Browse Prior Art Database

Controll of copper surface roughness

IP.com Disclosure Number: IPCOM000016138D
Original Publication Date: 2002-Oct-11
Included in the Prior Art Database: 2003-Jun-21
Document File: 3 page(s) / 84K

Publishing Venue

IBM

Abstract

Disclosed is a method for controlling copper surface roughness during processing of microelectromechanical systems (MEMS) resonators. MEMS devices are micro-miniature devices formed on a substrate using fabrication steps common to the manufacture of integrated circuits. These MEMS devices generally combine electrical and mechanical functionality to form devices such as sensors, motors, switches, resonators, etc. The fabrication of these devices is generally based on the deposition and photolithographic patterning of alternate layers of conductors, dielectric layers, and a sacrificial layer. Once the MEMS device structure is completed, the sacrificial material is removed, which process provides free space in the device allowing for mechanical movement of the structures built [1, 2]. The method described herein is directed to providing a thin Nickel-phosphide (Ni-P) coating that helps protect the exposed Cu surfaces during device fabrication. The Ni-P layer is formed by selective electroless plating resulting in typical film thickness of 10-100nm and surface roughness defined by root mean square (RMS) value of <15nm and/or a Rmax value of <150nm. Figure 1 shows a schematic of a MEMS resonator.

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Controll of copper surface roughness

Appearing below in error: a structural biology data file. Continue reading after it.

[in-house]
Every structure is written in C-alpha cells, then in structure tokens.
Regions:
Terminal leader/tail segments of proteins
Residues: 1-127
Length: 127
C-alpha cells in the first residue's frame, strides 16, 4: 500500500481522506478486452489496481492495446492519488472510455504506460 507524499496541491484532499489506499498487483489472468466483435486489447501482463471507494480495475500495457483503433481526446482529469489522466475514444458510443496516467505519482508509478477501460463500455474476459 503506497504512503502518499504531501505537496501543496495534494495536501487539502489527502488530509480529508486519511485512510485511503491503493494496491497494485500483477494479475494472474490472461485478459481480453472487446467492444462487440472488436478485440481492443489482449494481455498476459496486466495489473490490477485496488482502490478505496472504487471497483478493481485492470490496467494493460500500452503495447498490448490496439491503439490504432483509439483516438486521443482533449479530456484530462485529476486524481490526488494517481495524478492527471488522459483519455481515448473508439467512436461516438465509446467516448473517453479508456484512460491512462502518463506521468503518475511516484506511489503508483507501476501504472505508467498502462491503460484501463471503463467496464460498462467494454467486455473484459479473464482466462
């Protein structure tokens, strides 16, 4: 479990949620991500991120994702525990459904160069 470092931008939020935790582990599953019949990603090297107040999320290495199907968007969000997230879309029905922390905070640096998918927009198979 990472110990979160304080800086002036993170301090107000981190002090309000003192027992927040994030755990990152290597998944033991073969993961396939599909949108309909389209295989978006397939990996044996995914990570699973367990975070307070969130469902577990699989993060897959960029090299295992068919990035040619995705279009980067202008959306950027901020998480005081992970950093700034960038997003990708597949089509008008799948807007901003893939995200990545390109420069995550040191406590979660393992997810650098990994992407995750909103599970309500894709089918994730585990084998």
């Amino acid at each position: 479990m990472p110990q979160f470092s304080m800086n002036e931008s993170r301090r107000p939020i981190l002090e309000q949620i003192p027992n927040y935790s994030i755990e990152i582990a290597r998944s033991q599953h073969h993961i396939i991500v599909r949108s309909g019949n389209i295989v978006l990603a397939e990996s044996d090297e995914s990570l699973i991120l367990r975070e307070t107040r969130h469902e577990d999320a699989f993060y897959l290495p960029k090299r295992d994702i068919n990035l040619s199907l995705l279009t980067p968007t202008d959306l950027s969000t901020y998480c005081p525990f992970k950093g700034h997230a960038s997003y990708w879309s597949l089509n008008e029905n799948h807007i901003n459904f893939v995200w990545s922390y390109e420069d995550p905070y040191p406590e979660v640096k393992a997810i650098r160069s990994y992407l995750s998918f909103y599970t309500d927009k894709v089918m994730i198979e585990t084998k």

Disclosed is a method for controlling copper surface roughness during processing of microelectromechanical systems (MEMS) resonators. MEMS devices are micro-miniature devices formed on a substrate using fabrication steps common to the manufacture of integrated circuits. These MEMS devices generally combine electrical and mechanical functionality to form devices such as sensors, motors, switches, resonators, etc. The fabrication of these devices is generally based on the deposition and photolithographic patterning of alternate layers of conductors, dielectric layers, and a sacrificial layer. Once the MEMS device structure is completed, the sacrificial material is removed, which process provides free space in the device allowing for mechanical movement of the structures built [1, 2]. The method described herein is directed to providing a thin Nickel-phosphide (Ni-P) coating that helps protect the exposed Cu surfaces during device fabrication. The Ni-P layer is formed by selective electroless plating resulting in typical film thickness of 10-100nm and surface roughness defined by root mean square (RMS) value of <15nm and/or a Rmax value of <150nm. Figure 1 shows a schematic of a MEMS resonator.

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Figure 1. A Schematic of a MEMS resonator, where layers 37 are Ni-P thin films coated on Cu (20, 35).

During the processing of the MEMS device the metal films are exposed to high temperature anneal in inert ambient. The effect of thin Ni-P coating on Cu surface to the surface roughness stability during high temperature anneal is shown in Figure 2.

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